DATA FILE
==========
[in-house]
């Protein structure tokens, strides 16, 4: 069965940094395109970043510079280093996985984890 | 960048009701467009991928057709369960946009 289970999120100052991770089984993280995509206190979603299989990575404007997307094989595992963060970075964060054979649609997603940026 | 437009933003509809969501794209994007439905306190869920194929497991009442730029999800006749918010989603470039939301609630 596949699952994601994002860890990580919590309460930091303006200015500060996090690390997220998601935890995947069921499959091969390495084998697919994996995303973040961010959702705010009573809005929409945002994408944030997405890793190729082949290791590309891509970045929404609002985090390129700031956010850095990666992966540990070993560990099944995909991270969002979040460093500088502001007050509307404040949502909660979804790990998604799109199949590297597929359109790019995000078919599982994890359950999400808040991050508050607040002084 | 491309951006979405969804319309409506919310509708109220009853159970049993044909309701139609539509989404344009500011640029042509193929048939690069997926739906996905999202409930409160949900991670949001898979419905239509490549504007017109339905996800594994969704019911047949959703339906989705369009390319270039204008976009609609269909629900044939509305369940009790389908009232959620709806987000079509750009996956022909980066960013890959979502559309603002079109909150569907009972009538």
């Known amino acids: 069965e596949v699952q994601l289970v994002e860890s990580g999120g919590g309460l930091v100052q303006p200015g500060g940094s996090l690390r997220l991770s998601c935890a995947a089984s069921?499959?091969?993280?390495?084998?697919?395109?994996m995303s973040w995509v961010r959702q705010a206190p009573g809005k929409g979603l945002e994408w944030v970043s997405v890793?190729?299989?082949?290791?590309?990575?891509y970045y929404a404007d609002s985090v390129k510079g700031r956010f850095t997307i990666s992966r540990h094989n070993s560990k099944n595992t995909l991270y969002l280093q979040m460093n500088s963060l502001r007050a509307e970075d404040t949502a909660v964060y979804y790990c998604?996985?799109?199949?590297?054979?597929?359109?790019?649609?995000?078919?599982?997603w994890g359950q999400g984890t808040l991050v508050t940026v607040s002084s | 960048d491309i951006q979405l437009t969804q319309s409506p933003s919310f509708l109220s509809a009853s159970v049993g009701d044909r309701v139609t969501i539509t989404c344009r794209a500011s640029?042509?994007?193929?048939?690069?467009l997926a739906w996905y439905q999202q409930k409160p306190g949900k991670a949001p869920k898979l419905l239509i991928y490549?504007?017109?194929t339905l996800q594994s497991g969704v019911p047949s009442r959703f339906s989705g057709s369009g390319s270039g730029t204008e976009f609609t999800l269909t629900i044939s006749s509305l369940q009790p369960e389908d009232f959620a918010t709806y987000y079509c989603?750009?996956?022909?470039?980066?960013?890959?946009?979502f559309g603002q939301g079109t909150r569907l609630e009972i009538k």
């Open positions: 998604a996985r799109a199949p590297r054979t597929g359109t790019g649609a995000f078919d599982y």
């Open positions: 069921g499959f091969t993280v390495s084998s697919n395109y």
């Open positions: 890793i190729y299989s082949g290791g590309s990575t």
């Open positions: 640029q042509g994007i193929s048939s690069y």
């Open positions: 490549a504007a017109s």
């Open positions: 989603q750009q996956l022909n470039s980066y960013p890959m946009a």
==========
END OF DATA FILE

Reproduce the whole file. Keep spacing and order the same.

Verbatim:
[in-house]
């Protein structure tokens, strides 16, 4: 069965940094395109970043510079280093996985984890 | 960048009701467009991928057709369960946009 289970999120100052991770089984993280995509206190979603299989990575404007997307094989595992963060970075964060054979649609997603940026 | 437009933003509809969501794209994007439905306190869920194929497991009442730029999800006749918010989603470039939301609630 596949699952994601994002860890990580919590309460930091303006200015500060996090690390997220998601935890995947069921499959091969390495084998697919994996995303973040961010959702705010009573809005929409945002994408944030997405890793190729082949290791590309891509970045929404609002985090390129700031956010850095990666992966540990070993560990099944995909991270969002979040460093500088502001007050509307404040949502909660979804790990998604799109199949590297597929359109790019995000078919599982994890359950999400808040991050508050607040002084 | 491309951006979405969804319309409506919310509708109220009853159970049993044909309701139609539509989404344009500011640029042509193929048939690069997926739906996905999202409930409160949900991670949001898979419905239509490549504007017109339905996800594994969704019911047949959703339906989705369009390319270039204008976009609609269909629900044939509305369940009790389908009232959620709806987000079509750009996956022909980066960013890959979502559309603002079109909150569907009972009538």
């Known amino acids: 069965e596949v699952q994601l289970v994002e860890s990580g999120g919590g309460l930091v100052q303006p200015g500060g940094s996090l690390r997220l991770s998601c935890a995947a089984s069921?499959?091969?993280?390495?084998?697919?395109?994996m995303s973040w995509v961010r959702q705010a206190p009573g809005k929409g979603l945002e994408w944030v970043s997405v890793?190729?299989?082949?290791?590309?990575?891509y970045y929404a404007d609002s985090v390129k510079g700031r956010f850095t997307i990666s992966r540990h094989n070993s560990k099944n595992t995909l991270y969002l280093q979040m460093n500088s963060l502001r007050a509307e970075d404040t949502a909660v964060y979804y790990c998604?996985?799109?199949?590297?054979?597929?359109?790019?649609?995000?078919?599982?997603w994890g359950q999400g984890t808040l991050v508050t940026v607040s002084s | 960048d491309i951006q979405l437009t969804q319309s409506p933003s919310f509708l109220s509809a009853s159970v049993g009701d044909r309701v139609t969501i539509t989404c344009r794209a500011s640029?042509?994007?193929?048939?690069?467009l997926a739906w996905y439905q999202q409930k409160p306190g949900k991670a949001p869920k898979l419905l239509i991928y490549?504007?017109?194929t339905l996800q594994s497991g969704v019911p047949s009442r959703f339906s989705g057709s369009g390319s270039g730029t204008e976009f609609t999800l269909t629900i044939s006749s509305l369940q009790p369960e389908d009232f959620a918010t709806y987000y079509c989603?750009?996956?022909?470039?980066?960013?890959?946009?979502f559309g603002q939301g079109t909150r569907l609630e009972i009538k």
């Open positions: 998604a996985r799109a199949p590297r054979t597929g359109t790019g649609a995000f078919d599982y």
């Open positions: 069921g499959f091969t993280v390495s084998s697919n395109y």
């Open positions: 890793i190729y299989s082949g290791g590309s990575t």
């Open positions: 640029q042509g994007i193929s048939s690069y």
């Open positions: 490549a504007a017109s």
């Open positions: 989603q750009q996956l022909n470039s980066y960013p890959m946009a």